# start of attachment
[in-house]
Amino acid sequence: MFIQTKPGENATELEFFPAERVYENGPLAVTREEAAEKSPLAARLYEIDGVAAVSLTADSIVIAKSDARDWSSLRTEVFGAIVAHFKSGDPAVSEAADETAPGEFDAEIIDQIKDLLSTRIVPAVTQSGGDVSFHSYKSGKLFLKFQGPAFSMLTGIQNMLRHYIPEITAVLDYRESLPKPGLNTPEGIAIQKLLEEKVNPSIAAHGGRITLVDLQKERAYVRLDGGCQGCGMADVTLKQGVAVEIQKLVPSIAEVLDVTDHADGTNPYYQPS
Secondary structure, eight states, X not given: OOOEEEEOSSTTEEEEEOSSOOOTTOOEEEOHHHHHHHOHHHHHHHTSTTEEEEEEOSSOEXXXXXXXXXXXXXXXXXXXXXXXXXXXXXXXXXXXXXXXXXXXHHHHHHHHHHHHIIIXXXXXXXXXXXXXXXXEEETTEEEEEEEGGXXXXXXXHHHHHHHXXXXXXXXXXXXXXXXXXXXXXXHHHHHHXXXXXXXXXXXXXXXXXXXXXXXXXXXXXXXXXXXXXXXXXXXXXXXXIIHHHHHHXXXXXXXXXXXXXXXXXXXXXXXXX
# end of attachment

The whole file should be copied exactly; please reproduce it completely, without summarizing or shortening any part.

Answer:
[in-house]
Amino acid sequence: MFIQTKPGENATELEFFPAERVYENGPLAVTREEAAEKSPLAARLYEIDGVAAVSLTADSIVIAKSDARDWSSLRTEVFGAIVAHFKSGDPAVSEAADETAPGEFDAEIIDQIKDLLSTRIVPAVTQSGGDVSFHSYKSGKLFLKFQGPAFSMLTGIQNMLRHYIPEITAVLDYRESLPKPGLNTPEGIAIQKLLEEKVNPSIAAHGGRITLVDLQKERAYVRLDGGCQGCGMADVTLKQGVAVEIQKLVPSIAEVLDVTDHADGTNPYYQPS
Secondary structure, eight states, X not given: OOOEEEEOSSTTEEEEEOSSOOOTTOOEEEOHHHHHHHOHHHHHHHTSTTEEEEEEOSSOEXXXXXXXXXXXXXXXXXXXXXXXXXXXXXXXXXXXXXXXXXXXHHHHHHHHHHHHIIIXXXXXXXXXXXXXXXXEEETTEEEEEEEGGXXXXXXXHHHHHHHXXXXXXXXXXXXXXXXXXXXXXXHHHHHHXXXXXXXXXXXXXXXXXXXXXXXXXXXXXXXXXXXXXXXXXXXXXXXXIIHHHHHHXXXXXXXXXXXXXXXXXXXXXXXXX